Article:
Astronomers discover oldest stars ever seen
That could contain vital clues about the early Universe, including an indication of how the first stars died.
These stars, which have been at the very centre of the Milky Way for billions of years, contain extremely low amounts of metal: one of the stars is the most metal-poor star yet discovered in the centre of our galaxy.
The stars also contain chemical fingerprints which indicate that the earliest stars may have died in spectacular deaths known as hypernovae, which were ten times more energetic than a regular supernova. The findings, reported today (11 November) in the journal Nature, could aid in understanding just how much the Universe has changed over the past 13.7 billion years.
Using telescopes in Australia and Chile, astronomers may have landed on a winning strategy to find the oldest stars in the galaxy. Stars with a low metal content look slightly bluer than other stars: a key difference that can be used to sift through the millions of stars at the centre of the Milky Way.
Using images taken with the ANU SkyMapper telescope in Australia, the team selected 14,000 promising stars to look at in more detail, with a spectrograph on a bigger telescope. A spectrograph breaks up the light of the star, much like a prism, allowing astronomers to make detailed measurements.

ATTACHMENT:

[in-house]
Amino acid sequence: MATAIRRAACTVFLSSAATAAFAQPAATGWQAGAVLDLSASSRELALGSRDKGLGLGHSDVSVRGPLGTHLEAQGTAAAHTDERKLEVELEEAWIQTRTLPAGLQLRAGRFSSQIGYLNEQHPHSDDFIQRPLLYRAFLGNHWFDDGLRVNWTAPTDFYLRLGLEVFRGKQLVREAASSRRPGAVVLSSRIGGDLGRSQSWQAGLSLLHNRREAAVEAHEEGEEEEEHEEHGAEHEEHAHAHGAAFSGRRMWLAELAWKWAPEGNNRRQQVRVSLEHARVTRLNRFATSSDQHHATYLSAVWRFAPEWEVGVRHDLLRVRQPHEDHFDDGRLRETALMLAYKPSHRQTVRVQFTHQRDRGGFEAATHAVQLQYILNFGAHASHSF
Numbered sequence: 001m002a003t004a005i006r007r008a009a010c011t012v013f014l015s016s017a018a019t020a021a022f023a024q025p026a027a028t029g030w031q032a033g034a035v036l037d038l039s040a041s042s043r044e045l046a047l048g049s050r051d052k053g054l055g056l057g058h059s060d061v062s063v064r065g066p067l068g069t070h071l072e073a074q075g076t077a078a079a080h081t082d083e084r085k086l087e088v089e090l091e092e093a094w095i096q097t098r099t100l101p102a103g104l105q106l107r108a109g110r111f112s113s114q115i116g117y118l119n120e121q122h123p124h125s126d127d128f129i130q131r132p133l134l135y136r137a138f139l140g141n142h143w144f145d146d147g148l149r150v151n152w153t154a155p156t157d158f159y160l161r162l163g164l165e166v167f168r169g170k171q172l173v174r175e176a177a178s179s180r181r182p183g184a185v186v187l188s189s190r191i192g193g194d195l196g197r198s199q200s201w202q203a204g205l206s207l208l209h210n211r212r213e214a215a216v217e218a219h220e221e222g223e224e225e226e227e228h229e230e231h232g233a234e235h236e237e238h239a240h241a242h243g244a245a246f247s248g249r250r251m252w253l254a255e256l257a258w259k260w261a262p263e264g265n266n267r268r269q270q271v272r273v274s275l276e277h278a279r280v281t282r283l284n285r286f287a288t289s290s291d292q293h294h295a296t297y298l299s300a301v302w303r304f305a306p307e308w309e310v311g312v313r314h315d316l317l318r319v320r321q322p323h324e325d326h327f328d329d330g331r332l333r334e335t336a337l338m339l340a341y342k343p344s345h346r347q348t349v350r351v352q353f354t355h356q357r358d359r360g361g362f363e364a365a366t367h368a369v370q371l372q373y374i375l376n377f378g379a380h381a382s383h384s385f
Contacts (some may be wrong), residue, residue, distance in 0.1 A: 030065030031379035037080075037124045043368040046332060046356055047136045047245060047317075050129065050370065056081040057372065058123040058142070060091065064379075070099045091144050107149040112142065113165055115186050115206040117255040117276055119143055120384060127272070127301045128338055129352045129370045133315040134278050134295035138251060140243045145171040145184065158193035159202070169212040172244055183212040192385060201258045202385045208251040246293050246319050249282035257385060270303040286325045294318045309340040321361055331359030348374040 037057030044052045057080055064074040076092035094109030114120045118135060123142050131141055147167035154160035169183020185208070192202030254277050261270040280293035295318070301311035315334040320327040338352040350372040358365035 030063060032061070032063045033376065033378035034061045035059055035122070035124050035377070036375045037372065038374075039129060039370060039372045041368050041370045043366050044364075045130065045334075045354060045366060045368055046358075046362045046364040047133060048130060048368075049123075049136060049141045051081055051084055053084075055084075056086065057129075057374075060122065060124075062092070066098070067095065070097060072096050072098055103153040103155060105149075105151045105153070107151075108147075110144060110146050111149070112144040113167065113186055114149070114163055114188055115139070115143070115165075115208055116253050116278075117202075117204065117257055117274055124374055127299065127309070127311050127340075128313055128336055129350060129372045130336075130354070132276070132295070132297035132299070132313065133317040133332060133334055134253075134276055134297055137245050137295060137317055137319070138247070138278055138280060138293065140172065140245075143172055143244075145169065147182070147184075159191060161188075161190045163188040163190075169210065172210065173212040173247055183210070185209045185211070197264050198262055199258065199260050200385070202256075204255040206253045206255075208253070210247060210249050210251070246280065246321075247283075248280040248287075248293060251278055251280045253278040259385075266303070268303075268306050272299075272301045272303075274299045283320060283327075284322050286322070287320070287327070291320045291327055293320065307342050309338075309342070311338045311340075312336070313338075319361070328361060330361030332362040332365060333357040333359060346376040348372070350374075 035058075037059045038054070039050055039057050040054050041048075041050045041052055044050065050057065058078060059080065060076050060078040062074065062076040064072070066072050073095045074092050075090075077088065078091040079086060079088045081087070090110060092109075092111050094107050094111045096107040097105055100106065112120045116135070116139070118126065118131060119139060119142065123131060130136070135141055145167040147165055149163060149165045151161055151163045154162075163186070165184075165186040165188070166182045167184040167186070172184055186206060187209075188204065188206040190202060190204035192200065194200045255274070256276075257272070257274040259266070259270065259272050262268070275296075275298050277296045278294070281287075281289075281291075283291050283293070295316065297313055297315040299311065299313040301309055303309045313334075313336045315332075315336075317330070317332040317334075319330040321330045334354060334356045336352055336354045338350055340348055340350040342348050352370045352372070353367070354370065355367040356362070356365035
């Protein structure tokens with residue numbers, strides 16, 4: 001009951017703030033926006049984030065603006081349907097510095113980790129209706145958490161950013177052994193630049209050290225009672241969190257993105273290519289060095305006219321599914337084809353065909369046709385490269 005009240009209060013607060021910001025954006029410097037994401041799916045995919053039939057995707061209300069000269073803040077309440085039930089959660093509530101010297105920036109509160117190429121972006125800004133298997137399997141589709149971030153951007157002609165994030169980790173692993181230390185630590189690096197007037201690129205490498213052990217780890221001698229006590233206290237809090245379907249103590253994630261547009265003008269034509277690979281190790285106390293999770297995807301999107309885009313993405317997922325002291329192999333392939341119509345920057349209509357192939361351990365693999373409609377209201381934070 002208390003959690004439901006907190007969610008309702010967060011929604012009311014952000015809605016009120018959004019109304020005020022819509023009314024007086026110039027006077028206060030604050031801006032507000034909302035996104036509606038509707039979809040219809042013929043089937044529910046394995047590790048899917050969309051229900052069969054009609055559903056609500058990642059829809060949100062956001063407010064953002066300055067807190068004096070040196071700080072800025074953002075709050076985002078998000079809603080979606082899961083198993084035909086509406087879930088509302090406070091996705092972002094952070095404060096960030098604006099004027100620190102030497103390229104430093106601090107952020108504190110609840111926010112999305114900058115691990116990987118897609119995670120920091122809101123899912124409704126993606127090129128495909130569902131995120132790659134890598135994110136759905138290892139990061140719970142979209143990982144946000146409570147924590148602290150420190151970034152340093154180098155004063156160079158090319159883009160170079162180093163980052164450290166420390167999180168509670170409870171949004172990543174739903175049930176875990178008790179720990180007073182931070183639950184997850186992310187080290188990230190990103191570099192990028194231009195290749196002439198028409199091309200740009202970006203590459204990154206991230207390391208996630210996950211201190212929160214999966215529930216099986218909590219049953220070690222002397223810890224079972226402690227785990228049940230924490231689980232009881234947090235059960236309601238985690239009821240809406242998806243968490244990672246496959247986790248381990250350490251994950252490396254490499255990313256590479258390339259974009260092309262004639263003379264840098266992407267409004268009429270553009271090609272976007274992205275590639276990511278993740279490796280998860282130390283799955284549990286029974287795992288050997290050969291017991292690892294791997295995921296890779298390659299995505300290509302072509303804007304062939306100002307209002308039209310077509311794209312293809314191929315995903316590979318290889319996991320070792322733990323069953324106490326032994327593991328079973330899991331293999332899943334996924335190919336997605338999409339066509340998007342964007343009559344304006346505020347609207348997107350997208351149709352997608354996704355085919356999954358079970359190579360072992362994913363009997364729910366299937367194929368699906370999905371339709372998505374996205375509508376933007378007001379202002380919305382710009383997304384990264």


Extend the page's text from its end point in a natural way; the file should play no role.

Their best 23 candidates were all very metal-poor, leading the researchers to a larger telescope in the Atacama desert in Chile. From this data the team identified nine stars with a metal content less than one-thousandth of the amount seen in the Sun, including one with one-ten-thousandth the amount - now the record breaker for the most metal-poor star in the centre of the galaxy.
However, knowing that these stars have low amounts of metal wasn't enough to be certain that they formed very early in the Universe. They could be stars that formed much later in other parts of the galaxy that weren't as dense, and they are just now passing through the centre.
To separate those possibilities, researchers measured distances and used precise measurements of the stars' movement in the sky to predict how the stars were moving, and where they had been in the past.
They found that while some stars were just passing through, seven of the stars had spent their entire lives in the very centre of our galaxy. Computer simulations suggest that stars like this must have formed in the very early Universe. ■